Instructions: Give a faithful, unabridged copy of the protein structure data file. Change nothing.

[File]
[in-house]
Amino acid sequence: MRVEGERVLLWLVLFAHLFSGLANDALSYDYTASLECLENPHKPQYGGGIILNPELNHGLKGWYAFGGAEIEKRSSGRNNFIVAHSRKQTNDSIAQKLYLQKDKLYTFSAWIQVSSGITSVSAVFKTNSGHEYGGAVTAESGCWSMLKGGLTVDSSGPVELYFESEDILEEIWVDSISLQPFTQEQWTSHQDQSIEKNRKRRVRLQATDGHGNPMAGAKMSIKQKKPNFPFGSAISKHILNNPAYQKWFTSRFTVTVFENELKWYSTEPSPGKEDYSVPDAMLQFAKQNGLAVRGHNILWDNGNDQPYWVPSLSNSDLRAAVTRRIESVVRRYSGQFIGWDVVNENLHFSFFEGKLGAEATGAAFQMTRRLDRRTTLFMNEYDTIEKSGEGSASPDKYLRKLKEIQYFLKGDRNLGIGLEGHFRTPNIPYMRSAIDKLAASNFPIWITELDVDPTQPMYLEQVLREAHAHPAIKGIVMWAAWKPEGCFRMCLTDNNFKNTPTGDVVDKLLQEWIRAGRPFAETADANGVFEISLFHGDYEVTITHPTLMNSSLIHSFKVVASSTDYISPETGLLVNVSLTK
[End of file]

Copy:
[in-house]
Amino acid sequence: MRVEGERVLLWLVLFAHLFSGLANDALSYDYTASLECLENPHKPQYGGGIILNPELNHGLKGWYAFGGAEIEKRSSGRNNFIVAHSRKQTNDSIAQKLYLQKDKLYTFSAWIQVSSGITSVSAVFKTNSGHEYGGAVTAESGCWSMLKGGLTVDSSGPVELYFESEDILEEIWVDSISLQPFTQEQWTSHQDQSIEKNRKRRVRLQATDGHGNPMAGAKMSIKQKKPNFPFGSAISKHILNNPAYQKWFTSRFTVTVFENELKWYSTEPSPGKEDYSVPDAMLQFAKQNGLAVRGHNILWDNGNDQPYWVPSLSNSDLRAAVTRRIESVVRRYSGQFIGWDVVNENLHFSFFEGKLGAEATGAAFQMTRRLDRRTTLFMNEYDTIEKSGEGSASPDKYLRKLKEIQYFLKGDRNLGIGLEGHFRTPNIPYMRSAIDKLAASNFPIWITELDVDPTQPMYLEQVLREAHAHPAIKGIVMWAAWKPEGCFRMCLTDNNFKNTPTGDVVDKLLQEWIRAGRPFAETADANGVFEISLFHGDYEVTITHPTLMNSSLIHSFKVVASSTDYISPETGLLVNVSLTK